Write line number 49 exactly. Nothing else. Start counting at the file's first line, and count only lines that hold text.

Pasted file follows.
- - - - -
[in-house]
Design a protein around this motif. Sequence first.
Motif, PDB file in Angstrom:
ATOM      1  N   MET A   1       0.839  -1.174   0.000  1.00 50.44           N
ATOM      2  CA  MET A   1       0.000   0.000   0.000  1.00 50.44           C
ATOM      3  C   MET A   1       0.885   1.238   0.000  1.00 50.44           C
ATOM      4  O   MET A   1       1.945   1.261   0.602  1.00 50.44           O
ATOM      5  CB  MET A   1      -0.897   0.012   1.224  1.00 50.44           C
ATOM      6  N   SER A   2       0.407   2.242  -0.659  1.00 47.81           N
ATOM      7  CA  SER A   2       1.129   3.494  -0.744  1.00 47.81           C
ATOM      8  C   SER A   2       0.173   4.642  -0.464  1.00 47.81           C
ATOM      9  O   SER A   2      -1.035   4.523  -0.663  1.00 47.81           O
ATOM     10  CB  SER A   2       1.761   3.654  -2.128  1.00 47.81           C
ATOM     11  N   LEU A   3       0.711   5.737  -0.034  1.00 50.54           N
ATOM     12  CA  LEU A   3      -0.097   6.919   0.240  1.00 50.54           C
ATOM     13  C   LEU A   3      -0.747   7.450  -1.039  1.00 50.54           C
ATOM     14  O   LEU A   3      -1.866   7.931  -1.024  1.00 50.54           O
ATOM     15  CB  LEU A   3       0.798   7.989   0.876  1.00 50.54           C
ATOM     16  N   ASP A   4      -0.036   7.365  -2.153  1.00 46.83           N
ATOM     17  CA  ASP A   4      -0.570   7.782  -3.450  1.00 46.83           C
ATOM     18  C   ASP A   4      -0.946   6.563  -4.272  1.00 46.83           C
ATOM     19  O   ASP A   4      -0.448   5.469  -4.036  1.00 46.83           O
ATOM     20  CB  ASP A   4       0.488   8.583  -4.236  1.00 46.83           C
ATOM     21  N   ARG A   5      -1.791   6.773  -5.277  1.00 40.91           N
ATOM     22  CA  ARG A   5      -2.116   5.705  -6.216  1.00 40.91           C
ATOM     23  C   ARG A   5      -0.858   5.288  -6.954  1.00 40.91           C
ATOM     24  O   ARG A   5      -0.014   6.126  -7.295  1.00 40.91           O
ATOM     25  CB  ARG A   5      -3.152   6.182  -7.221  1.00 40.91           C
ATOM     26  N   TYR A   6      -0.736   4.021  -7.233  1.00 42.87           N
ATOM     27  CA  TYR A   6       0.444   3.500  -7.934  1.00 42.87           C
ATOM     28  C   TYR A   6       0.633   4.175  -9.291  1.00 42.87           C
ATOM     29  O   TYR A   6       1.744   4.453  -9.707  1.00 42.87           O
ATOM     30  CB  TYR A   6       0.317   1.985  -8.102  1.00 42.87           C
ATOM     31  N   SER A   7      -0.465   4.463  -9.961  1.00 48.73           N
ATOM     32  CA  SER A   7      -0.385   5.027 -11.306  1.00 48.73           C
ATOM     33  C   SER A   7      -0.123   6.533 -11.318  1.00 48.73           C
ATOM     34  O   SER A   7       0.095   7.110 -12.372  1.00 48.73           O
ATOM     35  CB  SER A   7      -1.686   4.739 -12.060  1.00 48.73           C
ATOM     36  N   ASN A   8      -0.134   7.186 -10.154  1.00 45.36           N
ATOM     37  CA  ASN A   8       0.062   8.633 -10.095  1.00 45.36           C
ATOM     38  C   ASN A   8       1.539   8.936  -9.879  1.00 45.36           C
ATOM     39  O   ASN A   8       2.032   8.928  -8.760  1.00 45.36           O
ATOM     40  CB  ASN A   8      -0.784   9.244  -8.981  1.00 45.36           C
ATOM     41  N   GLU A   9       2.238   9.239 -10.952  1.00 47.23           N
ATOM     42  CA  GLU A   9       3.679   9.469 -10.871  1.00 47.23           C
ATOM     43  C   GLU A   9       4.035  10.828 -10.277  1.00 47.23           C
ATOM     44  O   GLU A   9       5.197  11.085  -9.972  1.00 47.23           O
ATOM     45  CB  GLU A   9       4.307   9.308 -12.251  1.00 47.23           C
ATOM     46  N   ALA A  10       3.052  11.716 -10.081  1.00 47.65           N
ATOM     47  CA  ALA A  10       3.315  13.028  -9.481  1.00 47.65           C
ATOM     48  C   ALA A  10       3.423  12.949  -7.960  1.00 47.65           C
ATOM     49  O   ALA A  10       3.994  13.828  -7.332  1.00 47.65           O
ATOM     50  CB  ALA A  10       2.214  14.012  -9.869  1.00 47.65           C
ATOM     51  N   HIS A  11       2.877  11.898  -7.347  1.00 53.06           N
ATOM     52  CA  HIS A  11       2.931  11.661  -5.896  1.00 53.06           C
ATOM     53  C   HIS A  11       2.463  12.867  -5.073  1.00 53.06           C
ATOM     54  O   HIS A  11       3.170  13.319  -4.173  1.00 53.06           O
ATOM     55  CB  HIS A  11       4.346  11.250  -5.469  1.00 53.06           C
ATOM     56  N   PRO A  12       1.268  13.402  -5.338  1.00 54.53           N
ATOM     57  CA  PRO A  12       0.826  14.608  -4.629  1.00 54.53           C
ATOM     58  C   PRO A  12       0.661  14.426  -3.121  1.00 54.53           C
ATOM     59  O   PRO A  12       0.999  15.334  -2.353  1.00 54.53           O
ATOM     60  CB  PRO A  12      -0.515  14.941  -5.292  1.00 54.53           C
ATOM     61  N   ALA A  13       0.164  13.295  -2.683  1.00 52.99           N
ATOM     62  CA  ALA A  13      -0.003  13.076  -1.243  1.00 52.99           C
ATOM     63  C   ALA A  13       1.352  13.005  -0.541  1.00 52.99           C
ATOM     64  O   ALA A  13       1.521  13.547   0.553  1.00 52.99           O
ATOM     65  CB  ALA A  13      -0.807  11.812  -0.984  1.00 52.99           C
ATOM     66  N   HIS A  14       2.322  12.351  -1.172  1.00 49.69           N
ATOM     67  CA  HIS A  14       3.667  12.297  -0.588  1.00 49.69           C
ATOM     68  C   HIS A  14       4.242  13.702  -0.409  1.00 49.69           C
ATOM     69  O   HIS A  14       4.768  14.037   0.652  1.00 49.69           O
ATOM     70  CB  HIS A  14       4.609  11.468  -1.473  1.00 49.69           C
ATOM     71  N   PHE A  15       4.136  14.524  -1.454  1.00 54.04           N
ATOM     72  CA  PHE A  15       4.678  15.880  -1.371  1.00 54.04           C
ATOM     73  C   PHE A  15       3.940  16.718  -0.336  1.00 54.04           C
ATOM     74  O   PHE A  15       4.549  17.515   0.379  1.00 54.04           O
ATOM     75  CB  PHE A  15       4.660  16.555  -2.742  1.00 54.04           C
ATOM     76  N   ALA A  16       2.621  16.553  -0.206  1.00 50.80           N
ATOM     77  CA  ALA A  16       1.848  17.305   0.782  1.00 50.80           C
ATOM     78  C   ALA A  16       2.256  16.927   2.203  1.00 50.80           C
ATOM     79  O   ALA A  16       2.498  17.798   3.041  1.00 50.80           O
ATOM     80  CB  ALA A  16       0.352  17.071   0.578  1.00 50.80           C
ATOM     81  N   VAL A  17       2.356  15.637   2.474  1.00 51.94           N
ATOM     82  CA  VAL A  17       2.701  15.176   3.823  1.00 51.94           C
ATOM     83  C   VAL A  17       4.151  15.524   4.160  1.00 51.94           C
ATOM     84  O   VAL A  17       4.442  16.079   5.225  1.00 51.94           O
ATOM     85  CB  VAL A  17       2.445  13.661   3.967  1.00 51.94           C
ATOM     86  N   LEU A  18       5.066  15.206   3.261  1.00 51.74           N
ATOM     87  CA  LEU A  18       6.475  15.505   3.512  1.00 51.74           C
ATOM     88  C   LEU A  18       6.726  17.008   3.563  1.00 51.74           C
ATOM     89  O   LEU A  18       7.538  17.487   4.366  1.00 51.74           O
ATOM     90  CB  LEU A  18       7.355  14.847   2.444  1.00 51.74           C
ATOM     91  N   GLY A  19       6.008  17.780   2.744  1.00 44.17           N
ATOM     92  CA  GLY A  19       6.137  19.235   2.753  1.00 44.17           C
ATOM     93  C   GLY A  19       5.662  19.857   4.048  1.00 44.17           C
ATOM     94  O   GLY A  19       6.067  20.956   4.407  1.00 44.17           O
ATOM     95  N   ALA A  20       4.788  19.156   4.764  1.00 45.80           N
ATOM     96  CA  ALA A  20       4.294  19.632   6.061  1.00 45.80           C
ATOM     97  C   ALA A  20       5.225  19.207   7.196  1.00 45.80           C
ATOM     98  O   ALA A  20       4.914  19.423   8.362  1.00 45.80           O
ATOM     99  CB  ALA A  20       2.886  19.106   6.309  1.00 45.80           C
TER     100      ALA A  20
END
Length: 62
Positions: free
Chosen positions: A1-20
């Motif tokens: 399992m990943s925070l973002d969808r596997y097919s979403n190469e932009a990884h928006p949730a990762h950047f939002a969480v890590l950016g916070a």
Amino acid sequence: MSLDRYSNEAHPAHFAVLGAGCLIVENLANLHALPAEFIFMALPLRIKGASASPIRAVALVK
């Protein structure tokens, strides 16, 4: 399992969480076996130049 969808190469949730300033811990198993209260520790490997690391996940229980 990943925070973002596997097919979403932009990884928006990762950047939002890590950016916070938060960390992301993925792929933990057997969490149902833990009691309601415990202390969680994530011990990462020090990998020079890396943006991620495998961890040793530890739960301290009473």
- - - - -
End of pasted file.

ATOM     46  N   ALA A  10       3.052  11.716 -10.081  1.00 47.65           N